Some may find it hard to believe that even though we are in the year 2016, a cemetery in the city of Denton, Texas, still has a “whites only” deed restriction. Several council members are now seeking to remove the decades-old deed restriction that bars blacks from being buried in the city-controlled cemetery, USA Today said in a recent report. However, the task may prove to be more difficult than initially thought.
“You have to have so many of the property owners within that restricted area agreeing to change it,” Council Member Gregory Dalton explained. “Well, this is a cemetery.”
Denton has a population of roughly 130,000 and is located on the north end of the Dallas–Fort Worth metroplex in North Texas. The historic Independent Order of Odd Fellows Cemetery serves as the final resting place for many of Denton’s earliest inhabitants, elected officials, and veterans of wars dating back to the Texas Revolution. It has been under the authority of the city for over 80 years.
As reported by WZZM, several council members were shocked when they recently learned that the language on the original deed for the property on South Carroll Boulevard says its burial plots are only for white people.
“Oh, I was stunned,” Gregory Dalton, a long-time Denton resident, was quoted as saying.
Willie Hudspeth, a civil-rights activist and president of Denton’s NAACP chapter, brought up the “whites only” rule during a council meeting last month.
“It was actually a white guy that told me,” Hudspeth told reporters. “I didn’t believe it at first. Surely, there would be someone here that is not white!”
Although the deed restriction calls for only whites to be buried on the grounds, Gregory said African-Americans and people of other races are buried there because the deed restriction hasn’t been enforced in over 60 years.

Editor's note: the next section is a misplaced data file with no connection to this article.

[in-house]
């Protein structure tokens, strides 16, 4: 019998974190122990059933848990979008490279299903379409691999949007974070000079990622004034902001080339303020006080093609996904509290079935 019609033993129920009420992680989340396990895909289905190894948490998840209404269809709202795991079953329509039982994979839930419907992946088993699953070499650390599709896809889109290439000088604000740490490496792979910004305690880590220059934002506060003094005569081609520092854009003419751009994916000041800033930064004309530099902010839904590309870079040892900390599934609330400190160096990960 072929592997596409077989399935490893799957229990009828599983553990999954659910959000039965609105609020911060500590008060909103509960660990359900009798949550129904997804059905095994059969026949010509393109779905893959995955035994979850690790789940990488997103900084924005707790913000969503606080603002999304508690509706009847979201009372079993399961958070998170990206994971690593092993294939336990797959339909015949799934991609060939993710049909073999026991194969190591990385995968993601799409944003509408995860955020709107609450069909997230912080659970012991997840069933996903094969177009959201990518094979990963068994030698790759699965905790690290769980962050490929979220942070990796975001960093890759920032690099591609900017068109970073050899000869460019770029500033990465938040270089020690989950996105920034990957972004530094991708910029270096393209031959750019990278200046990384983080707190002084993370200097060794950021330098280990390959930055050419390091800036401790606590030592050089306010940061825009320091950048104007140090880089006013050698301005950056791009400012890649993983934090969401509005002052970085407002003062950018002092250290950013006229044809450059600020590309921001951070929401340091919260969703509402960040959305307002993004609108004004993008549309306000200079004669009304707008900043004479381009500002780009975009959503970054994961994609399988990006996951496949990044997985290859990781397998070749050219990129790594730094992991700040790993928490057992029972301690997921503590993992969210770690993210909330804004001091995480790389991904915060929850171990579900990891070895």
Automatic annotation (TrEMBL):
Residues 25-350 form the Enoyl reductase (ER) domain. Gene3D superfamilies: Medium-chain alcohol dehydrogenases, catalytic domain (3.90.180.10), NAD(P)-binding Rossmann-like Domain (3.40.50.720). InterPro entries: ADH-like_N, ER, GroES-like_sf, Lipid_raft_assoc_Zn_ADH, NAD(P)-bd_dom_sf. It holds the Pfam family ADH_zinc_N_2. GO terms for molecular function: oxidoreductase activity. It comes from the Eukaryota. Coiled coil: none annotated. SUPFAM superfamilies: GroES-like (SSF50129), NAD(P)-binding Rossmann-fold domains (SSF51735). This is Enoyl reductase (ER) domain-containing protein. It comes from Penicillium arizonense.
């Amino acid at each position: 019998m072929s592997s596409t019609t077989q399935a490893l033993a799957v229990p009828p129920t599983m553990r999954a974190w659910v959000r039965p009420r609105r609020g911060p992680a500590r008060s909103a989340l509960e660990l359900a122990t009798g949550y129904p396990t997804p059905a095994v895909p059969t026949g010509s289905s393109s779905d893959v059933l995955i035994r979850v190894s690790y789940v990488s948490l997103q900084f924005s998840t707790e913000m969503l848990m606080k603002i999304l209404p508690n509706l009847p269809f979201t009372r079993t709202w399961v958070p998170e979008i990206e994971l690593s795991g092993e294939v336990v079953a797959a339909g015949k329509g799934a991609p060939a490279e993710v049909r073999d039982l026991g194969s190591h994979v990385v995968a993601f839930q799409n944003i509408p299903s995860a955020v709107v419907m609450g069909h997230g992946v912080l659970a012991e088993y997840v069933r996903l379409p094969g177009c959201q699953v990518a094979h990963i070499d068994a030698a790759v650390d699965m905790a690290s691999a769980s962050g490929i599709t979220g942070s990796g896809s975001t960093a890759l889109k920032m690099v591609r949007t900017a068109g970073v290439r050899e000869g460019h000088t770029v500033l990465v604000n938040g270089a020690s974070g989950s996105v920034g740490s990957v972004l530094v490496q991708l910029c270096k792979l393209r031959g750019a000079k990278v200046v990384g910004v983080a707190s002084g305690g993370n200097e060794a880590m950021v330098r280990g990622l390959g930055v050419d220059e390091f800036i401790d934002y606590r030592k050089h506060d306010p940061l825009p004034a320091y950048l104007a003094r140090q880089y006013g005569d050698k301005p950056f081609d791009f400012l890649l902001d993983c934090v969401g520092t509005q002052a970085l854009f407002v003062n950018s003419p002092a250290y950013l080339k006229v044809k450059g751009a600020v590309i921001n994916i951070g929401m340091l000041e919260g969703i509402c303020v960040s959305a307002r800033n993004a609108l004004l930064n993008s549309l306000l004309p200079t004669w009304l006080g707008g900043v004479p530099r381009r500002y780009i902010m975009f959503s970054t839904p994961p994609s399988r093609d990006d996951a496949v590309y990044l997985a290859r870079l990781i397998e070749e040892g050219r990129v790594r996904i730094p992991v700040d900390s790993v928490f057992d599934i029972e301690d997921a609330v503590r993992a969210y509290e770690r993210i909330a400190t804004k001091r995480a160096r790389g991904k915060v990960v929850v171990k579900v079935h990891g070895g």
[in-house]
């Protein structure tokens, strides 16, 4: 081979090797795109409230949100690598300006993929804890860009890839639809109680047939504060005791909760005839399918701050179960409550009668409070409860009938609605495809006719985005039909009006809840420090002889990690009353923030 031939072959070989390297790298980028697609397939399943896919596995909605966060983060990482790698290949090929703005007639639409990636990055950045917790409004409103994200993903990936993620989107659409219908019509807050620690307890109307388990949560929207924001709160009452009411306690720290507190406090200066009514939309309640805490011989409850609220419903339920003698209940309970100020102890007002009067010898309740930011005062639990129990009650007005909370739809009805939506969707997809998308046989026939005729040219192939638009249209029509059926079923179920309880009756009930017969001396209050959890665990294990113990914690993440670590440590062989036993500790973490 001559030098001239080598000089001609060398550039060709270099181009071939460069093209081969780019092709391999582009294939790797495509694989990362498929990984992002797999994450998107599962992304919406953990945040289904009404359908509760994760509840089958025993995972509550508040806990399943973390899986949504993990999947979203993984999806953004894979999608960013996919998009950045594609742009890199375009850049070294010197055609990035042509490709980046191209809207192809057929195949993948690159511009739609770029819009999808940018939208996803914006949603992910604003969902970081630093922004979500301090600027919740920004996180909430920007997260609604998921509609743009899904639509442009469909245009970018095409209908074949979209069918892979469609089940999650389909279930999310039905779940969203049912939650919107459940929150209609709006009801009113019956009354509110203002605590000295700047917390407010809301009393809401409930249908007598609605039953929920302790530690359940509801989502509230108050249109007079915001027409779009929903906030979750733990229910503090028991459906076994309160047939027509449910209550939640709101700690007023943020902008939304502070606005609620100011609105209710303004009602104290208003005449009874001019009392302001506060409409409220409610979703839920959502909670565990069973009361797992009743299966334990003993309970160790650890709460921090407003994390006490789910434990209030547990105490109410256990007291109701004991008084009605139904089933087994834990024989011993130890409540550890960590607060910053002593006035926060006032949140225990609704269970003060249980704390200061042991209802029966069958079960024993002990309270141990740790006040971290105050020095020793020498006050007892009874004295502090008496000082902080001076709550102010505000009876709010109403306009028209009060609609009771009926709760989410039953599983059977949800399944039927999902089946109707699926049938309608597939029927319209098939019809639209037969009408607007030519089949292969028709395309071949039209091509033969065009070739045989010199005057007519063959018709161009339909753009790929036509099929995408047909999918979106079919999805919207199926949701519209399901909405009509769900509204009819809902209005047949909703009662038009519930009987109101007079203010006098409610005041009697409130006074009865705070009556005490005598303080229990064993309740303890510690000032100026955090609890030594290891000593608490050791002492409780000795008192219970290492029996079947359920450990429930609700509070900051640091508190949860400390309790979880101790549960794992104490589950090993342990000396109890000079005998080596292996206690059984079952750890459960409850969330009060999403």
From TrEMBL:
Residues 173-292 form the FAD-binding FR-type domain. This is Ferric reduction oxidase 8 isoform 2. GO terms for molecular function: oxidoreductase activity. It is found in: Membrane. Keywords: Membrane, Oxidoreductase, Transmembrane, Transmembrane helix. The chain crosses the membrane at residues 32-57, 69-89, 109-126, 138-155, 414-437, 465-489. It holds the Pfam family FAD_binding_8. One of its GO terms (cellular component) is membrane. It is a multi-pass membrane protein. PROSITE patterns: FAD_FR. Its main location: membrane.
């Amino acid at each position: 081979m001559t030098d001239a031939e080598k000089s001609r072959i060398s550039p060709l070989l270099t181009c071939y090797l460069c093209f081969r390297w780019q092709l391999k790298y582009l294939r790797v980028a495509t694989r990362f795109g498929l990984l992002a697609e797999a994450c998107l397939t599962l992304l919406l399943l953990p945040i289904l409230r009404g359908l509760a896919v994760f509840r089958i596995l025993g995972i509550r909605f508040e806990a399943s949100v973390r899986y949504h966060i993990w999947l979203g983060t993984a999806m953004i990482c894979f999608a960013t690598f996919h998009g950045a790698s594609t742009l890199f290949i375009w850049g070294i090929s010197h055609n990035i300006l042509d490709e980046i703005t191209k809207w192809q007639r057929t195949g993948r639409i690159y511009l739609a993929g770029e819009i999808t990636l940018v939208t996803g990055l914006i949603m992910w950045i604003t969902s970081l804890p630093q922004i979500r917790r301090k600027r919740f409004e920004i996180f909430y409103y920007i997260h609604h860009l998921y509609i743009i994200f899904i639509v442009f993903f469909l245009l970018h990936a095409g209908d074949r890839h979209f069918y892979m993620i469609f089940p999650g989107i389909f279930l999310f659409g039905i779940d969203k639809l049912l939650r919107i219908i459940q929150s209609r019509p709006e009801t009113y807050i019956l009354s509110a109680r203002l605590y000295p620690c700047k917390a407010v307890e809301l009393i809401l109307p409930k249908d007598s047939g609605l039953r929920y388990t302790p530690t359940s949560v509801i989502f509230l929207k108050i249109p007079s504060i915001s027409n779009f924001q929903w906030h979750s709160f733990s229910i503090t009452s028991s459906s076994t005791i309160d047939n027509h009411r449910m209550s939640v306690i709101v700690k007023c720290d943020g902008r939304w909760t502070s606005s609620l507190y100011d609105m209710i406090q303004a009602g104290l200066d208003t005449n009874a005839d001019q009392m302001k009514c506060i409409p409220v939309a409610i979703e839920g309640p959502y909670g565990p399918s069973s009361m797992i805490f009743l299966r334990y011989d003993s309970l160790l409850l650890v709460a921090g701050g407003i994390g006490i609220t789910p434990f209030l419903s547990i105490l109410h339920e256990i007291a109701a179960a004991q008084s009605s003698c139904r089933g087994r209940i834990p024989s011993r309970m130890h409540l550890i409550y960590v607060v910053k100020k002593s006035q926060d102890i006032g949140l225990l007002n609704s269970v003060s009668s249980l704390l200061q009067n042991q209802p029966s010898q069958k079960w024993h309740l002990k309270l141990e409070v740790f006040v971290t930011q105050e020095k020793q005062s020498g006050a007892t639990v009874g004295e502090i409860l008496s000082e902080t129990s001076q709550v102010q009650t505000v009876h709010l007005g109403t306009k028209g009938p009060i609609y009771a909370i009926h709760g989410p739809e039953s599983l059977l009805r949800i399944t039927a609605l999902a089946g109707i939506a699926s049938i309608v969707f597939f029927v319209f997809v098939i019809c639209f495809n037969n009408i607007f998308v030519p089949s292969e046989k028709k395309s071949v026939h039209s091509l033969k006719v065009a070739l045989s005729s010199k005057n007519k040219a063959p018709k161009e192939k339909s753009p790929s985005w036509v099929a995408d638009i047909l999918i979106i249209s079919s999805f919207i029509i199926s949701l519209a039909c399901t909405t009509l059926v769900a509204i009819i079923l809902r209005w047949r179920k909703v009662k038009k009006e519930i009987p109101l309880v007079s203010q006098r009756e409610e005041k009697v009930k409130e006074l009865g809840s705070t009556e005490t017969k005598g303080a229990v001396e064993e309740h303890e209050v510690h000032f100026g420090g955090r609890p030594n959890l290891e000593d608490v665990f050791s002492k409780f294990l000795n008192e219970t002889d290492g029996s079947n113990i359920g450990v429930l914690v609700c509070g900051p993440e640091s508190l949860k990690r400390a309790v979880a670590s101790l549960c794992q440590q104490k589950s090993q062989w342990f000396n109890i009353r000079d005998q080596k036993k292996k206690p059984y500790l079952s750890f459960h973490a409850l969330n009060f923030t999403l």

“We have to live with that history, learn from that history, and we’ve got to acknowledge it,” Gregory noted.
The below text is the ordinance that council members will consider Tuesday night.
“Consider adoption of an ordinance of the City of Denton finding and declaring a restriction contained in the 1933 deed between the IOOF and the City of Denton convening the said cemetery to the City of Denton prohibiting the use of the said cemetery for the burial of non-white persons to be illegal, unenforceable, unconscionable, contrary and repugnant to the philosophy, principals and beliefs of the City of Denton and that the said restrictive language shall not be enforced or recognized on any city-owned or managed property and providing an effective date.”
Denton is once again at the center of controversy after the relatively small city made headlines last year for denying gay marriage despite the fact that the U.S. Supreme Court had officially legalized marriage equality in all 50 states. As previously reported by The Inquisitr, Denton County Clerk Juli Luke refused two same-sex couples an application for a marriage license because she claimed that she needed to receive legal guidance from the district attorney’s office.
— North Texas Daily (@ntdaily) June 26, 2015
“Same-sex marriage is in contradiction to my faith and belief that marriage is between one man and one woman,” said Luke. “However, first and foremost, I took an oath on my family bible to uphold the law as an elected public official. My personal belief cannot prevent me from issuing the licenses as required.”
Denton County Judge Mary Horn said at the time that if a same-sex couple came to her requesting to be wed, she would refuse them. She said that the difference between the actions of elected officials in Dallas County and Denton County on Friday reflected “a difference in core philosophies.”
[Image via video screenshot]